A recent U.S. Department of Agriculture (USDA) decision is the latest example of how a Depression-era program is not only woefully out of date, but is also damaging to the industry that it regulates.
In late June, USDA announced that it was putting off a decision on making cost adjustments in milk pricing formulas, a decision that will cost manufacturers of dairy products as much as $26 million per month. While the manufacturers have ample reason to be appalled by the unnecessary delay, this politically-calculated decision does serve to demonstrate one crucial commonsense truth: the federal government should have no role in the production, dissemination, or manufacture of milk or dairy products in this country. The time to get rid of the antiquated Federal Milk Marketing Order classified pricing system is long overdue.
The cost adjustment saga began last year when private dairy companies and cooperatives petitioned USDA for an emergency hearing to get a simple update of cost data used to calculate what are known as “make allowances,” which relate to the cost of turning raw milk into a finished dairy product. In January 2006, USDA conducted four days of hearings on whether the cost data from 1997-1999 that is used in formulas being applied today is out of date. The overwhelming preponderance of testimony demonstrated that these formulas were outdated.
Now, in a move obviously aimed at putting a decision off until after this year’s congressional elections, USDA plans to reconvene the public hearing sometime after September 30. This timetable means that implementation of new make allowances will be put off until well into calendar year 2007.
One rationale used for the creation of the Federal Milk Marketing Order system was the supposed need to reduce disorderly marketing conditions. However, this latest episode shows that the Federal Milk Marketing Order system is actually an obstacle to orderly marketing. This Depression-era system is proving to be one of the most disruptive and disjointed schemes ever to be foisted on an industry, an albatross hanging around the neck of the U.S. dairy industry.
Rather than allowing commerce between dairy farmers and dairy manufacturers to flow freely, the milk marketing orders devise and administer a raft of intricate regulations to govern the overall price of milk. The regulations undermine the most basic free market concept of negotiating contractual agreements between buyers and sellers.
The milk marketing orders also impose one of the more illogical pricing mechanisms imaginable — “differential” pricing, which establishes varying minimum price for milk in different regions of the country, based, in part, on how far the manufacturing plants are from Eau Claire, Wisconsin. At the time this scheme was devised, it was justified as necessary to encourage dairy production in different regions because otherwise poor refrigeration and a sluggish and unreliable transportation system would prevent localities far from milk-producing states from receiving a fresh and wholesome product. In the real world of 2006, this rationale is purely laughable.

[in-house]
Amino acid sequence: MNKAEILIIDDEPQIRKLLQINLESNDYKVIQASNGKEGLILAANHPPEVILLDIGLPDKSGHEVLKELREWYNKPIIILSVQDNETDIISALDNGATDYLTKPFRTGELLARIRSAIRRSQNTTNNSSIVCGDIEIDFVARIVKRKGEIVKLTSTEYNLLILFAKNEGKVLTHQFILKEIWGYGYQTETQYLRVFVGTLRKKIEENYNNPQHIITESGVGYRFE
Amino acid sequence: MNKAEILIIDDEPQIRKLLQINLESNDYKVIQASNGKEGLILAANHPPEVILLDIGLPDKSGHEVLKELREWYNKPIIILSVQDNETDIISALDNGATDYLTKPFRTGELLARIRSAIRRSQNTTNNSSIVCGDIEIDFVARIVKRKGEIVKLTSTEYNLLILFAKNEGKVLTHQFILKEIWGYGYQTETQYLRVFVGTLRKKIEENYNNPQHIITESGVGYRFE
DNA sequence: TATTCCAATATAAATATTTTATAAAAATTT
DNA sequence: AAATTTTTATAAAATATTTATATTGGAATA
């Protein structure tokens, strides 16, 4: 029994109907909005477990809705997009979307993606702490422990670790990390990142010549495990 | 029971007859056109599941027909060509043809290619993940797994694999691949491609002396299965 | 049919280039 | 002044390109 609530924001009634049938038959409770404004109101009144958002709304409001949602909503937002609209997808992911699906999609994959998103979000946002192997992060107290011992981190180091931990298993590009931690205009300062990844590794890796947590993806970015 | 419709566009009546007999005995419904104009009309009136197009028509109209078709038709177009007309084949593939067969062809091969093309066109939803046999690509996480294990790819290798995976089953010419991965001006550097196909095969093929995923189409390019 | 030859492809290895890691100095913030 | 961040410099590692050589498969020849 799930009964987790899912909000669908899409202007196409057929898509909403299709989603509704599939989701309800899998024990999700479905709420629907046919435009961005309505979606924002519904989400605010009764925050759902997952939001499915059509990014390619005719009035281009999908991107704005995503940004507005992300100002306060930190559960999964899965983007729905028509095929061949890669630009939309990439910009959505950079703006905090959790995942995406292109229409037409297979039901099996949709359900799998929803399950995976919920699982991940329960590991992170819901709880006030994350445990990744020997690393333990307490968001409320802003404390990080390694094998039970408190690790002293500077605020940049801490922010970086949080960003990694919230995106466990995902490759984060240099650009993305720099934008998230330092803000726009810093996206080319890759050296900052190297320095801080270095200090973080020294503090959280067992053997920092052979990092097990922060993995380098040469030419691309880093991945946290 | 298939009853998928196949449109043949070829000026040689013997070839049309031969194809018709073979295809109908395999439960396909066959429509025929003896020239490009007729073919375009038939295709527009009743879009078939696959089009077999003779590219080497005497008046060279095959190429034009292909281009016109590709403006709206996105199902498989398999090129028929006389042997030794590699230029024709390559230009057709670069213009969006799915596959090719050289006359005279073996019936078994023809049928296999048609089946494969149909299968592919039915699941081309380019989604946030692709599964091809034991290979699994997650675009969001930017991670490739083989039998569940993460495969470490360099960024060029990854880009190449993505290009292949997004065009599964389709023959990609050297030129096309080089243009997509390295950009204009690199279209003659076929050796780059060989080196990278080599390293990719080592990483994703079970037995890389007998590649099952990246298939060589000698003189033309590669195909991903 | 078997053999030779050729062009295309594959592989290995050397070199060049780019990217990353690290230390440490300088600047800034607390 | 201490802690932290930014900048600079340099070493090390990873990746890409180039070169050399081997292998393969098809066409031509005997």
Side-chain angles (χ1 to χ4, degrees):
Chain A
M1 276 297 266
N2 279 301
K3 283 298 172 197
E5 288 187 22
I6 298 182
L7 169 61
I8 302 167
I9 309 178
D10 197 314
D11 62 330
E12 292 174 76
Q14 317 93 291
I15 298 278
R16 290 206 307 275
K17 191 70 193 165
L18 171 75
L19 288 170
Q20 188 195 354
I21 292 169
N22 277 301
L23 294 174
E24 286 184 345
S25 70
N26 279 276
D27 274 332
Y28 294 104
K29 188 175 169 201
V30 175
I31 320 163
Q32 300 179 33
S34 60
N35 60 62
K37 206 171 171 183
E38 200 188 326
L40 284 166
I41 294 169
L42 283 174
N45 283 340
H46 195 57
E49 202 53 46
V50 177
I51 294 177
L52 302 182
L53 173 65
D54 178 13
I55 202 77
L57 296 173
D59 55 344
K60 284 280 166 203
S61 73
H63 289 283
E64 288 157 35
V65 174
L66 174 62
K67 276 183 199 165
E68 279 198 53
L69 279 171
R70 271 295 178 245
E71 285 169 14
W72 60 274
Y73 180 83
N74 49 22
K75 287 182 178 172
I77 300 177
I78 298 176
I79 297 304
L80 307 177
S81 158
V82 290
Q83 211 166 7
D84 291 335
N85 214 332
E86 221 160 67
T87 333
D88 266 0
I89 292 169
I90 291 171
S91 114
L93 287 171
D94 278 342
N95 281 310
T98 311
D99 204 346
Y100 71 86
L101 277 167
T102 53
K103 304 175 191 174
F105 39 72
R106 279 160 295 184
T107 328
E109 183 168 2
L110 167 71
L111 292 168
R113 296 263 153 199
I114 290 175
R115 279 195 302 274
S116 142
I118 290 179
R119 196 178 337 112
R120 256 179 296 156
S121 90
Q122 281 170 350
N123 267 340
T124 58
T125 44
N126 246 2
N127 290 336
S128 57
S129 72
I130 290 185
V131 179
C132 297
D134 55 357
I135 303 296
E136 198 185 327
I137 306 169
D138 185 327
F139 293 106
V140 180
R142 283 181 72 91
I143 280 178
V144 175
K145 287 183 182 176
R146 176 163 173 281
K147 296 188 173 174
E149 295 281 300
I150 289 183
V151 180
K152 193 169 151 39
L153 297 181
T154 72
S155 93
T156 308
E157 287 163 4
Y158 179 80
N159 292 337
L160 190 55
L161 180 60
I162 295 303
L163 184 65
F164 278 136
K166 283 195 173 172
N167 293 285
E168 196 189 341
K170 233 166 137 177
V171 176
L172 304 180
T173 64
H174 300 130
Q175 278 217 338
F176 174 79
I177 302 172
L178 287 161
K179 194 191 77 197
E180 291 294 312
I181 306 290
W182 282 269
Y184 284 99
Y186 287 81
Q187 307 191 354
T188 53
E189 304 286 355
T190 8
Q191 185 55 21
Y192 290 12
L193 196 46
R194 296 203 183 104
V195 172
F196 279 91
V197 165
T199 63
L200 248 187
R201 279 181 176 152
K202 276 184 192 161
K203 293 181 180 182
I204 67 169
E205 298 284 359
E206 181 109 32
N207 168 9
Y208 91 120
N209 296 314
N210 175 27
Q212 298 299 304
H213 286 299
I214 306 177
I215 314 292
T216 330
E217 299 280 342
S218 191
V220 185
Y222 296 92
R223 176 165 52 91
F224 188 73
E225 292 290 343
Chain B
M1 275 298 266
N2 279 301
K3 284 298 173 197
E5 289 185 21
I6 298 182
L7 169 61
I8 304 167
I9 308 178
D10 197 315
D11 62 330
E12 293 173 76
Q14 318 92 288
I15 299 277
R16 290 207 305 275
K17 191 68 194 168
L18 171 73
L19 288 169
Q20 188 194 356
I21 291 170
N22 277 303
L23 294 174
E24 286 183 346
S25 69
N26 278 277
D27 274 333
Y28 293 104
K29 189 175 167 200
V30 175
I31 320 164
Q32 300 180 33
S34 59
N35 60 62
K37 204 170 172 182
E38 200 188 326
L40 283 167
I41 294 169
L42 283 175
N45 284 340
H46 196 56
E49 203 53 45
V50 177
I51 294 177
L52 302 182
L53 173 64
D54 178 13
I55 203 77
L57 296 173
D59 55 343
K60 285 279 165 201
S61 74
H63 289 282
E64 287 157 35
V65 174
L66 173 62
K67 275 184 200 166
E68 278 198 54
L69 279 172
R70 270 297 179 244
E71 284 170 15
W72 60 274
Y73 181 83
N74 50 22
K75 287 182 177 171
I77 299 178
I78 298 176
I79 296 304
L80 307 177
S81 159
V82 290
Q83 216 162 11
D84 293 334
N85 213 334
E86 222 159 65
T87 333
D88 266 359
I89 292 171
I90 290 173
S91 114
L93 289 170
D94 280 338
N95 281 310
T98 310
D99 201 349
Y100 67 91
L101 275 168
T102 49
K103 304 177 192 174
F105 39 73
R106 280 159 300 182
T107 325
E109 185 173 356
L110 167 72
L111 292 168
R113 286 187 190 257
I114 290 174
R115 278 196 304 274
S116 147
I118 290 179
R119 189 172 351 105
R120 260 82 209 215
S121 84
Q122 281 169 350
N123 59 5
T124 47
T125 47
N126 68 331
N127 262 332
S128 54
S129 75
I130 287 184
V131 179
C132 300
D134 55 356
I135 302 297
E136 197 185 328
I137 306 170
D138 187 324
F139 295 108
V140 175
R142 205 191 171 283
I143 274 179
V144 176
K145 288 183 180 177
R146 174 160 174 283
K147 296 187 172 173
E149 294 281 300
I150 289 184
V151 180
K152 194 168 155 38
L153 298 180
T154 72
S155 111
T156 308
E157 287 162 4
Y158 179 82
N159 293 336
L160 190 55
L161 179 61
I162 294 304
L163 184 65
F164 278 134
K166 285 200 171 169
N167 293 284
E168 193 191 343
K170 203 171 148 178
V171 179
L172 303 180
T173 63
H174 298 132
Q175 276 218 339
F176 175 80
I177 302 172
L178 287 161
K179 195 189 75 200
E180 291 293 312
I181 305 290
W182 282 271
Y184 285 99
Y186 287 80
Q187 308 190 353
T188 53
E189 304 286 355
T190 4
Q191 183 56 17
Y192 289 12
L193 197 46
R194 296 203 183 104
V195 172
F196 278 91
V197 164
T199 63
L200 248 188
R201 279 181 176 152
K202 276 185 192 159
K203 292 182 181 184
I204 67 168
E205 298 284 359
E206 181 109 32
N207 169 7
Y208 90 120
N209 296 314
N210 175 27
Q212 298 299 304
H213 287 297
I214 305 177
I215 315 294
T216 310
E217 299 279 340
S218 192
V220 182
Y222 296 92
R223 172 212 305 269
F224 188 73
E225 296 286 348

Consumers in the higher differential regions of the country pay higher prices for milk and dairy products than those consumers closer to Eau Claire. Perversely, the differential system also penalizes dairy farmers in the regions best suited to dairy farming and rewards dairy farmers operating in high-cost inefficient areas that might be far from Eau Claire.
Another senseless feature of milk marketing orders is the setting of different prices for different “classes” of milk, depending upon whether their end use is for fluid milk consumption, cheese, ice cream, or other products. There is no rational justification for this milk classification regulation. Elimination of the system would result in milk marketing being more responsive to consumer demands. Freed from such senseless regulation, processors and manufacturers would pay greater attention to the marketplace and adjust their product ratios accordingly.
Elimination of minimum prices, milk classing and differentials would ultimately result in milk being produced where it can be done most efficiently and competitively and would more likely be processed and manufactured into the products that are what the consumers demand. This would make a lot more sense and be more orderly than the tangled web of mind-numbing pricing schemes embodied in the Federal Milk Marketing Order system.
There is no doubt that USDA’s recent politically-calculated maneuvers are damaging to the dairy industry. That is the bad news. The good news is that this case may help to demonstrate that it is time, after 70 years of government price manipulation, to get the government out of the milk business.